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Relationships in Politically Mixed Marriages

On Behalf of | Jul 14, 2013 | Relationships

Tonight we feature a guest poster, Linda Mercer Lloyd.  

Jean Stapleton was Edith in the 70’s sit-com “All in the Family.” Last month, when I heard the news of her death, I could almost hear her nails-on-chalkboard voice singing the show’s opening. Edith and Archie Bunker was one of the most beloved couples in America. They sang this song every Saturday night, at eight o’clock, from 1972 till 1979:

“Boy, the way Glenn Miller played.

Songs that made the Hit Parade.

Guys like us we had it made.

Those were the days!

And we knew who we were then.

Girls were girls and men were men.

Mister, we could use a man like Herbert Hoover, again.

Didn’t need no welfare state.

Everybody pulled his weight.

Gee, our old LaSalle ran great.

Those were the days.”

Forty years ago, when the show was on, I didn’t pay any attention to the lyrics. But, when I think about it…. Herbert Hoover? Wasn’t he the reason we needed a welfare state? And not even “guys like us,” WASPS, had it made before the New Deal. The line about Glenn Miller is the only one with which I wouldn’t take issue. I don’t know anything about LaSalle’s.

Of course, you remember Archie Bunker. He was America’s favorite bigot in the 70’s. He hated his neighbor, George Jefferson, just for being black. (He was “black” in the 70’s) Edith on the other hand, loved The Jefferson family. Edith was ever the peacemaker. She even forgave Archie for calling her a “dingbat.” They were the original odd couple. One can only marvel that divorce was never a question in their marriage through all those years. Yet, they always sang their song together. They maintained their relationship.

Most of us know couples a little like the Bunkers’. Even the series’ creator Norman Lear, one of America’s foremost liberals, says he based some of Archie’s language on his own father’s. Lear’s father called his wife “dingbat.”

My Mom and Dad were Kansas Republicans until 1972. Mama felt Nixon would continue the War. My brother was in the army. She wanted to vote for the Democrat, George McGovern. But Daddy was so opposed to Democrats he would not budge, so Mama was afraid he wouldn’t take her to the polls. For the first time in forty years, she went to vote without him. Of course, they ate dinner together that night, and every night for another twenty years.

Pollsters tell us that the country is highly polarized politically, and 50% of U.S. marriages end in divorce. If those facts are related, it seems to me politics may constitute irreconcilable differences. If that isn’t irretrievably broken, I don’t know what is. We’ve all been told that politics and religion are never to be discussed in polite company. Does that include pillow talk?

Politics and religion are very important subjects. Can you imagine living with someone who doesn’t agree with your views on important subjects like gun control or the war in … wherever. I’d have to talk about it, and how might that go?

ME: “Oh, honey, don’t be stupid!”

HIM: “Me? Who’re you calling stupid?”

ME:” Anyone who can’t support the troops, that’s who.”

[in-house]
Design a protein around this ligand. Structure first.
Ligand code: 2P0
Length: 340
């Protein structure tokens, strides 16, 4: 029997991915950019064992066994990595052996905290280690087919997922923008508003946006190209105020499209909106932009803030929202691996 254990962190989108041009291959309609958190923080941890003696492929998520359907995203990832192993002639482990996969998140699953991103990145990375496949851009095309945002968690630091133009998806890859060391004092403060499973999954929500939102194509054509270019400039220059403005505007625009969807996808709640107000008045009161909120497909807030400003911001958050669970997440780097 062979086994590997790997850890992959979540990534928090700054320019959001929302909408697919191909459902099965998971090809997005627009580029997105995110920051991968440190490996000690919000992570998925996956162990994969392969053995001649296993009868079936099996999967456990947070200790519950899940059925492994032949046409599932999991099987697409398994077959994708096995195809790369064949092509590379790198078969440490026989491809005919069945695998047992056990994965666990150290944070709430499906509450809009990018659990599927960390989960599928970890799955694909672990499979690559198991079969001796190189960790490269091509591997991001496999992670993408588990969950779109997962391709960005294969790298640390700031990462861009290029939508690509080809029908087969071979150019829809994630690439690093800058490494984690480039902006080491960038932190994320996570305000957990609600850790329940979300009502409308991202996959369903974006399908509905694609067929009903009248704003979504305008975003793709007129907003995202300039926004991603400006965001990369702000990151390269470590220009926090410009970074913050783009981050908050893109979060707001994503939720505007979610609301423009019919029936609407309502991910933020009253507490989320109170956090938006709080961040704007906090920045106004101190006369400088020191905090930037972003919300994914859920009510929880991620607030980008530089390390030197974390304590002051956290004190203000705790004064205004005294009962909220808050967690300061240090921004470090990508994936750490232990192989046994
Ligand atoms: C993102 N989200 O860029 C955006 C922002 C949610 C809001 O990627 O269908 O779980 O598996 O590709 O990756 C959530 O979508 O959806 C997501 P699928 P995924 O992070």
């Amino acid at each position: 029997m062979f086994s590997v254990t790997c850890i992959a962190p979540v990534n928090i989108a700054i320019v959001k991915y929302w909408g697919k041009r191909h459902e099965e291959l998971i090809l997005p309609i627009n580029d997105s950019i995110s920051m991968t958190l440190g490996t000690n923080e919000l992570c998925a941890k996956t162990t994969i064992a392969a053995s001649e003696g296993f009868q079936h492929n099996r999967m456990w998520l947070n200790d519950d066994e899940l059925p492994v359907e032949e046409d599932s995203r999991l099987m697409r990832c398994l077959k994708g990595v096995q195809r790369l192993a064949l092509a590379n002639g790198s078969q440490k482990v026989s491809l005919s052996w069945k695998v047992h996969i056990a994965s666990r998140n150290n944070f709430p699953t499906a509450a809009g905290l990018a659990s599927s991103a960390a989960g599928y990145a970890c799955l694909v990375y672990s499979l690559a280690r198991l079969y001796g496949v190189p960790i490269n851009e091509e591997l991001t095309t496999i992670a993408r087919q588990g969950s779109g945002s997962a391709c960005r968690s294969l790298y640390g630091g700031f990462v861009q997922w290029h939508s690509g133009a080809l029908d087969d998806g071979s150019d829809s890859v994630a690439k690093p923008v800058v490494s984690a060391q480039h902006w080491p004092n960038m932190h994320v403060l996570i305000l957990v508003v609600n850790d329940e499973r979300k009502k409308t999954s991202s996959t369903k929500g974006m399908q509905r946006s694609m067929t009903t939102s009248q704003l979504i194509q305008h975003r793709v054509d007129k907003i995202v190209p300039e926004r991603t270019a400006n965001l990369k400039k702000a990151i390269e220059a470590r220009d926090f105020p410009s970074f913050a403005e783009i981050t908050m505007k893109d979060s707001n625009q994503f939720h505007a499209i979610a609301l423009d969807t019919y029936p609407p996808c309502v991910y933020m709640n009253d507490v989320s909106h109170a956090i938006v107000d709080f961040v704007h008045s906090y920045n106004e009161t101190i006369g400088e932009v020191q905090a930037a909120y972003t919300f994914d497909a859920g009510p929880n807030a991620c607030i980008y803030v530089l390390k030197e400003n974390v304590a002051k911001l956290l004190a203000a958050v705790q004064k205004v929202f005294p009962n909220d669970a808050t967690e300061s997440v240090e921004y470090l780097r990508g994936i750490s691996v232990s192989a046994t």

HIM: “I support the troops, just not the war!”

ME: “That doesn’t make sense. That proves you’re stupid!”

HIM: “I can’t talk to you!”

Should the Tea-Party be grounds for divorce? I wish I knew how to have a civil conversation with anyone with whom I disagree. I admit I haven’t the skills. The members of my book club can attest to that. I can start arguments about Machiavelli. I think he was kind of a thoughtful guy. (And don’t talk to me about Dr Seuss!)

How do mixed political marriages manage to make it through an election cycle and not end in divorce, especially when the cycle lasts for four years? Is it wrong to go to bed with the enemy? I’ll bet they don’t start a conversation with “Don’t be stupid.” That’s just disrespectful!

R.E.S.P.E.C.T. Maybe we could learn something from Aretha Franklin. Let’s consider Mary Matalin and James Carville, a very successful mixed political marriage. She was a political consultant to Ronald Reagan, George H.W. Bush, W. Bush, and counselor to Dick Chaney. Carville was the strategist behind Bill Clinton’s elections. He wrote a book entitled “We’re Right, They’re Wrong: a Handbook for Spirited Progressives.” They’ve been married for 20 years and have two children. They both say they don’t talk politics at home. How have they learned to live with their political differences? How have they maintained their relationship? They’ve actually made careers out of their contentious relationship. They wrote a best selling book together, “All’s Fair. Love, War and Running for President.” Fame and fortune, that’s bound to help smooth out the rough edges. But further, when they argue on national television they argue with mutual respect.

Respect… I looked it up in Roget’s. Some synonyms: Courtesy, Deference, Dignity, Esteem, Honor, Regard, Trust. I’m going to take those words and chew on them for a while.

Back to Edith and Archie. None of those synonyms applied to their marriage. The Bunkers were fictional characters, not even Reality TV. Surely, a relationship like the Bunkers’ can’t exist outside of a Sitcom. Not even their music could really keep them together. You can learn a lot from popular music. There’s Aretha, of course, and remember Otis Redding’s “Try a Little Tenderness.” 

Linda Mercer Lloyd